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afterwardsness

Afterwardsness Nachträglichkeit Deferred action

Afterwardsness and increased significance

When dealing with Fear of Flying, the fear is never really about the aircraft, or the actual flying. Most people with Fear of Flying only get the problem after they have flown many times. What happens is that something happens on a particular flight that frightens you. It might be sudden turbulence, or engine noise, or even something disturbing that you read on the flight. Whatever the cause, your unconscious mind searches for something like that feeling. You are searching for an older feeling so that your mind can know what to do immediately. But instead of finding a solution, your memory finds an old fear that was never dealt with. This intensifies the original fear, and links that original fear to flying. The psychology term for this is Afterwardsness.

Increasing that old fear

Seeking for a matching memory sometimes increases the perceived importance or intensity of that original memory. If you are afraid of flying, then every time you re-activate the memory trace, you also make the original memory more frightening. So your current fear of flying becomes more frightening. This process feeds on itself until it can become quite overwhelming.

This mechanism has been known for a long time. Sigmund Freud called it Nachträglichkeit. In English this becomes  'afterwardsness' or 'deferred action'. He refers to it many times when discussing the theory of psychoanalysis. He believed that memory traces are revised after the fact in response to fresh experiences. The second event gives extra meaning to original event. It becomes more meaningful than it originally was.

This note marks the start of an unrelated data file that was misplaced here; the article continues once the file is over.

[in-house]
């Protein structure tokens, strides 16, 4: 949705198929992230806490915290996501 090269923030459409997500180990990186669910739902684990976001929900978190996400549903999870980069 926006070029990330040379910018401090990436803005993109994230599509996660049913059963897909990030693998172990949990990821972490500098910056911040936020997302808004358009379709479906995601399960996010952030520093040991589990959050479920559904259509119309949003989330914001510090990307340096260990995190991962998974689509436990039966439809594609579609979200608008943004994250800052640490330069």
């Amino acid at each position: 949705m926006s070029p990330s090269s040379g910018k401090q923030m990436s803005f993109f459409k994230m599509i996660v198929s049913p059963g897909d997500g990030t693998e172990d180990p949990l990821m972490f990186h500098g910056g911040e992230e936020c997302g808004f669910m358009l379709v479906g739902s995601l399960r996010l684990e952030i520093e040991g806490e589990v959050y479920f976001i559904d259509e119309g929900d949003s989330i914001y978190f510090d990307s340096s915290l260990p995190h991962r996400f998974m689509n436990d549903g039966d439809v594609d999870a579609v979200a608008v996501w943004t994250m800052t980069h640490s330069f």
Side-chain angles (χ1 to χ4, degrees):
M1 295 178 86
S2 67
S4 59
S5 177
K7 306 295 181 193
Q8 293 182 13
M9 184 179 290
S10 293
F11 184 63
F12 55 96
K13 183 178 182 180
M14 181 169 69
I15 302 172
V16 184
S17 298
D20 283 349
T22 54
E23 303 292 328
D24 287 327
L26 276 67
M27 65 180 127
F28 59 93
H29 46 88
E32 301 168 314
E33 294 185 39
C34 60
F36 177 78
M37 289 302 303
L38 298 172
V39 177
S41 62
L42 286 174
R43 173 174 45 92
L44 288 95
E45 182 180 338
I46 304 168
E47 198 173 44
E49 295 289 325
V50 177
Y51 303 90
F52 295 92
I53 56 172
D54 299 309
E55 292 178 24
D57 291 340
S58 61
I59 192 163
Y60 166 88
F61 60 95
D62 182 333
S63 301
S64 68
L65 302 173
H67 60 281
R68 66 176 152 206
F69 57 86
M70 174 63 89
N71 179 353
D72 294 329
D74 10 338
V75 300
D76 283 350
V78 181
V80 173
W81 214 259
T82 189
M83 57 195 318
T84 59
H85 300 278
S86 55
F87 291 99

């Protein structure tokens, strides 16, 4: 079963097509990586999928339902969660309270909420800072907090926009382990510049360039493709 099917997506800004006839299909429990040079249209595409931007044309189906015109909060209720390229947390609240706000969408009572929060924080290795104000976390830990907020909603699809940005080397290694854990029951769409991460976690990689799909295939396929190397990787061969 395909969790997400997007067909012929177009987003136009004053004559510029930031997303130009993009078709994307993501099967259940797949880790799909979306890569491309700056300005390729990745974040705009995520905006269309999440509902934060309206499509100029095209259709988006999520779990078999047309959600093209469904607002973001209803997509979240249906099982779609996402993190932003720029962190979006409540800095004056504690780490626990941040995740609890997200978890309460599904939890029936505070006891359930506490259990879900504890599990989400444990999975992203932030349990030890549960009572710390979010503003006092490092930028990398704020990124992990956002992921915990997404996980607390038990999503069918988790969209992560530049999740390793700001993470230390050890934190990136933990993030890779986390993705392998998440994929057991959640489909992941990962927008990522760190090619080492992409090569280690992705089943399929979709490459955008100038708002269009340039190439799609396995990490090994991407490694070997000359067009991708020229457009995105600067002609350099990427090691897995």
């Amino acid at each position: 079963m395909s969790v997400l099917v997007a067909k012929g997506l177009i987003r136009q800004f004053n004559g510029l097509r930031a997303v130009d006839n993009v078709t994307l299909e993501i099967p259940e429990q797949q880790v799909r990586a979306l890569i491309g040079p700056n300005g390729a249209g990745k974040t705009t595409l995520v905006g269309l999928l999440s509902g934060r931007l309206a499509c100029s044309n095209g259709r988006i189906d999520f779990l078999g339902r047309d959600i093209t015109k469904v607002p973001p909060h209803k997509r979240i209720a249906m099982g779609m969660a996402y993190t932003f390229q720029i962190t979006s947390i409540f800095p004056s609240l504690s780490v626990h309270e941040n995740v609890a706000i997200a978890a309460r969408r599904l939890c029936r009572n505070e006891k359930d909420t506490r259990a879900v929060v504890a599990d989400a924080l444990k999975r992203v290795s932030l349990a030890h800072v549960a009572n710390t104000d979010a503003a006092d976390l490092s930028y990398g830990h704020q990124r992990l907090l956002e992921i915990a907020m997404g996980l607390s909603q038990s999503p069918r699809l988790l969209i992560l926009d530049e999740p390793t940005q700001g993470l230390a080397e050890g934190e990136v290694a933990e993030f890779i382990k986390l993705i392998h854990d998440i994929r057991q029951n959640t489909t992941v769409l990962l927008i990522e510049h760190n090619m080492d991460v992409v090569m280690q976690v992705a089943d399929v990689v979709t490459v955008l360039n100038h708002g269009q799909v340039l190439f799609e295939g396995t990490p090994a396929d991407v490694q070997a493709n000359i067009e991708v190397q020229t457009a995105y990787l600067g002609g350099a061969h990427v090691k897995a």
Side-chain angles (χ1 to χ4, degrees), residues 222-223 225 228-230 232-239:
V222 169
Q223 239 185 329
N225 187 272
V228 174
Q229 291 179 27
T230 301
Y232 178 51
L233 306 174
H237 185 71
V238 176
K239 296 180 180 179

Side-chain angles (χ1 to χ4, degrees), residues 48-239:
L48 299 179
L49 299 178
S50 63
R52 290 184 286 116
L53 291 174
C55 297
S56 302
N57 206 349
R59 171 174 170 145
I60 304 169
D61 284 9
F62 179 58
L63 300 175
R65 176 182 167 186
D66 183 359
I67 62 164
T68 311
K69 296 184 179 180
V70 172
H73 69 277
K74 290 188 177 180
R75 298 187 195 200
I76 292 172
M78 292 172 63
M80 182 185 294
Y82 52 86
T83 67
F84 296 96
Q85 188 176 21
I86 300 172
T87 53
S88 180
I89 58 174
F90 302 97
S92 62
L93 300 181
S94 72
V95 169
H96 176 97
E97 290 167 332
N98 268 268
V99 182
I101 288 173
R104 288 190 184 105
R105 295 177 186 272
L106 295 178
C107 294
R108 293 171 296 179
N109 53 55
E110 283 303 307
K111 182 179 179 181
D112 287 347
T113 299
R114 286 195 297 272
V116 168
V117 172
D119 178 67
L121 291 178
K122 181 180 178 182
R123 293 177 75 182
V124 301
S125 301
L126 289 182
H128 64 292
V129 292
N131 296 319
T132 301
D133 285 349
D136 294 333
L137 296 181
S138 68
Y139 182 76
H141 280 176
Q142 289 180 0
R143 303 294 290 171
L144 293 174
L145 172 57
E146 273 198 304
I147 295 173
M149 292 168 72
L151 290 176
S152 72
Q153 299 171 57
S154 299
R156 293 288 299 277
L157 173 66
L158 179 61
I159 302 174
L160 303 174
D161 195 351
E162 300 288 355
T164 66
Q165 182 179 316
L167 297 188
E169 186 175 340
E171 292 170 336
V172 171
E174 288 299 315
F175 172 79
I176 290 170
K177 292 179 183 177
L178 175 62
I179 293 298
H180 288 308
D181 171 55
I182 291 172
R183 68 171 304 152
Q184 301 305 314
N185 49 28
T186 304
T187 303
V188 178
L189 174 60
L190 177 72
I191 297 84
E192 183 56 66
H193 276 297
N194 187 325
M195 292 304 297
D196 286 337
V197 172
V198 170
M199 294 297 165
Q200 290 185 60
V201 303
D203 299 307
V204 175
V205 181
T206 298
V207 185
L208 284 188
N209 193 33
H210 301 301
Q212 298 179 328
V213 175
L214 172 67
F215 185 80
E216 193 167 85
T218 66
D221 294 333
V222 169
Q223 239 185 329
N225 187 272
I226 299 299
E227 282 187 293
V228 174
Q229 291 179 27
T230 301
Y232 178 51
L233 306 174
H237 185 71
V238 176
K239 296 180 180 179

The problem of course is that you cannot consciously recall the original event. So you are left puzzling why something today is giving you severe anxiety. This explains the underlying cause of most phobias.

In a wider sense, every time you think about something it gets stronger.

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paranormal beliefs

Paranormal beliefs in hypnotherapy

Paranormal beliefs

What do you do when you meet a client with strong paranormal beliefs? My policy has always been to accept the client's beliefs as real and valid and work with them. For example, a client might come to me to me and say that they believe that their current problems are because of what they did in a past life. In that case I'm quite willing to accept their beliefs. And even tell them that I agree with the belief. I will then go on with past life regression. My job is to  help to identify whatever is bothering them, in a way that is acceptable to them.

A client who wants to find a lost object is entitled to get help if they believe that hypnosis will reveal its location. A client who believes that they have lost memories and want to recover them should not be prevented by my personal beliefs.